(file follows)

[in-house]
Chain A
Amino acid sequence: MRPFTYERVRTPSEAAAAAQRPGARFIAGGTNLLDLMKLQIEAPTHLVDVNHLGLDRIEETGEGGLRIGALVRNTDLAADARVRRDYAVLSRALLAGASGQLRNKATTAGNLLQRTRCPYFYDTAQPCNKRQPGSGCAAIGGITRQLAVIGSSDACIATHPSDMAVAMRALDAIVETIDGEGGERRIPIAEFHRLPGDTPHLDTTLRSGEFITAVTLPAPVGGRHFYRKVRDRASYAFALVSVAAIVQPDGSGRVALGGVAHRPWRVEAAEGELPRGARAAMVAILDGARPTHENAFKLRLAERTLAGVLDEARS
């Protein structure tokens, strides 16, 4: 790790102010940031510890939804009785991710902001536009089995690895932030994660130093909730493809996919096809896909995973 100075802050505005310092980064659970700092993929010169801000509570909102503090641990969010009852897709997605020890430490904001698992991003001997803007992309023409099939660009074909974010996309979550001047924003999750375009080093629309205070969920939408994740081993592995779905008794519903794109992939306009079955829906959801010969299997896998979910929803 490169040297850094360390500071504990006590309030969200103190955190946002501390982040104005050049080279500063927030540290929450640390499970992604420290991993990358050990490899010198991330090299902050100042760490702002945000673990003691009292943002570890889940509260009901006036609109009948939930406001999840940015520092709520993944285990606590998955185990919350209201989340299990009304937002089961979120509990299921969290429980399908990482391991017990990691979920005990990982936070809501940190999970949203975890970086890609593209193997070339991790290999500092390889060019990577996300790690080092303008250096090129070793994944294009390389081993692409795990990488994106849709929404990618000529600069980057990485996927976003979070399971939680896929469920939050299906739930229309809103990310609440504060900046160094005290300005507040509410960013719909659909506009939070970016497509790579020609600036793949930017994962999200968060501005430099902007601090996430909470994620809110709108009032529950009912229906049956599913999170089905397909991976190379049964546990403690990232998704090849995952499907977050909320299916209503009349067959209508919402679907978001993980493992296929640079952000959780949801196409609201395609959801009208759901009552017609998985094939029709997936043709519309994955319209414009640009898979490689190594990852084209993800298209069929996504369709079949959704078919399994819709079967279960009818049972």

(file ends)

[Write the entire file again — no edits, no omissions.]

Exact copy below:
[in-house]
Chain A
Amino acid sequence: MRPFTYERVRTPSEAAAAAQRPGARFIAGGTNLLDLMKLQIEAPTHLVDVNHLGLDRIEETGEGGLRIGALVRNTDLAADARVRRDYAVLSRALLAGASGQLRNKATTAGNLLQRTRCPYFYDTAQPCNKRQPGSGCAAIGGITRQLAVIGSSDACIATHPSDMAVAMRALDAIVETIDGEGGERRIPIAEFHRLPGDTPHLDTTLRSGEFITAVTLPAPVGGRHFYRKVRDRASYAFALVSVAAIVQPDGSGRVALGGVAHRPWRVEAAEGELPRGARAAMVAILDGARPTHENAFKLRLAERTLAGVLDEARS
């Protein structure tokens, strides 16, 4: 790790102010940031510890939804009785991710902001536009089995690895932030994660130093909730493809996919096809896909995973 100075802050505005310092980064659970700092993929010169801000509570909102503090641990969010009852897709997605020890430490904001698992991003001997803007992309023409099939660009074909974010996309979550001047924003999750375009080093629309205070969920939408994740081993592995779905008794519903794109992939306009079955829906959801010969299997896998979910929803 490169040297850094360390500071504990006590309030969200103190955190946002501390982040104005050049080279500063927030540290929450640390499970992604420290991993990358050990490899010198991330090299902050100042760490702002945000673990003691009292943002570890889940509260009901006036609109009948939930406001999840940015520092709520993944285990606590998955185990919350209201989340299990009304937002089961979120509990299921969290429980399908990482391991017990990691979920005990990982936070809501940190999970949203975890970086890609593209193997070339991790290999500092390889060019990577996300790690080092303008250096090129070793994944294009390389081993692409795990990488994106849709929404990618000529600069980057990485996927976003979070399971939680896929469920939050299906739930229309809103990310609440504060900046160094005290300005507040509410960013719909659909506009939070970016497509790579020609600036793949930017994962999200968060501005430099902007601090996430909470994620809110709108009032529950009912229906049956599913999170089905397909991976190379049964546990403690990232998704090849995952499907977050909320299916209503009349067959209508919402679907978001993980493992296929640079952000959780949801196409609201395609959801009208759901009552017609998985094939029709997936043709519309994955319209414009640009898979490689190594990852084209993800298209069929996504369709079949959704078919399994819709079967279960009818049972």